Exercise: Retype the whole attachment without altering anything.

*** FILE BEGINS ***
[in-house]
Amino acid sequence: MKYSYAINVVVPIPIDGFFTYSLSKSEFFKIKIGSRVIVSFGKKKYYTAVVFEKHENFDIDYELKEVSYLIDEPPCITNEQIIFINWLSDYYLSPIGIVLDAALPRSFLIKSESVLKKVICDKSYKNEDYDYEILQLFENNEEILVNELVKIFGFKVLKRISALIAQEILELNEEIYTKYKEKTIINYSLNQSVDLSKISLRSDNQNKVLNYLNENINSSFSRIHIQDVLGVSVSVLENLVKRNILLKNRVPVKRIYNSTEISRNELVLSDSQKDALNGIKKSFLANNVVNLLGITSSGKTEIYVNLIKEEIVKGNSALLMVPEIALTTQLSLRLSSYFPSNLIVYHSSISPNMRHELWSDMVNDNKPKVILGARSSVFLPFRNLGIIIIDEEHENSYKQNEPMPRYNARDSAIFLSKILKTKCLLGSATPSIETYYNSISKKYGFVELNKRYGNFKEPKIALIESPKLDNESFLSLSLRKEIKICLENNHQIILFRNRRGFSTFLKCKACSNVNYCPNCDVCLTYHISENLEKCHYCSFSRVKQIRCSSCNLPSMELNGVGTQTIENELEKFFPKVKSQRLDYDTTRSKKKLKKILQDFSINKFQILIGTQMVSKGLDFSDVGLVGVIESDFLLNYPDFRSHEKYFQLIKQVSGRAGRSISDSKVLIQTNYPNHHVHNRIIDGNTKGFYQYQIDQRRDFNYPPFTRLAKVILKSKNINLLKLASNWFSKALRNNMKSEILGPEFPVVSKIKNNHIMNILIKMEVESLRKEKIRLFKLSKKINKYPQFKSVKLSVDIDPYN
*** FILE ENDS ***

[in-house]
Amino acid sequence: MKYSYAINVVVPIPIDGFFTYSLSKSEFFKIKIGSRVIVSFGKKKYYTAVVFEKHENFDIDYELKEVSYLIDEPPCITNEQIIFINWLSDYYLSPIGIVLDAALPRSFLIKSESVLKKVICDKSYKNEDYDYEILQLFENNEEILVNELVKIFGFKVLKRISALIAQEILELNEEIYTKYKEKTIINYSLNQSVDLSKISLRSDNQNKVLNYLNENINSSFSRIHIQDVLGVSVSVLENLVKRNILLKNRVPVKRIYNSTEISRNELVLSDSQKDALNGIKKSFLANNVVNLLGITSSGKTEIYVNLIKEEIVKGNSALLMVPEIALTTQLSLRLSSYFPSNLIVYHSSISPNMRHELWSDMVNDNKPKVILGARSSVFLPFRNLGIIIIDEEHENSYKQNEPMPRYNARDSAIFLSKILKTKCLLGSATPSIETYYNSISKKYGFVELNKRYGNFKEPKIALIESPKLDNESFLSLSLRKEIKICLENNHQIILFRNRRGFSTFLKCKACSNVNYCPNCDVCLTYHISENLEKCHYCSFSRVKQIRCSSCNLPSMELNGVGTQTIENELEKFFPKVKSQRLDYDTTRSKKKLKKILQDFSINKFQILIGTQMVSKGLDFSDVGLVGVIESDFLLNYPDFRSHEKYFQLIKQVSGRAGRSISDSKVLIQTNYPNHHVHNRIIDGNTKGFYQYQIDQRRDFNYPPFTRLAKVILKSKNINLLKLASNWFSKALRNNMKSEILGPEFPVVSKIKNNHIMNILIKMEVESLRKEKIRLFKLSKKINKYPQFKSVKLSVDIDPYN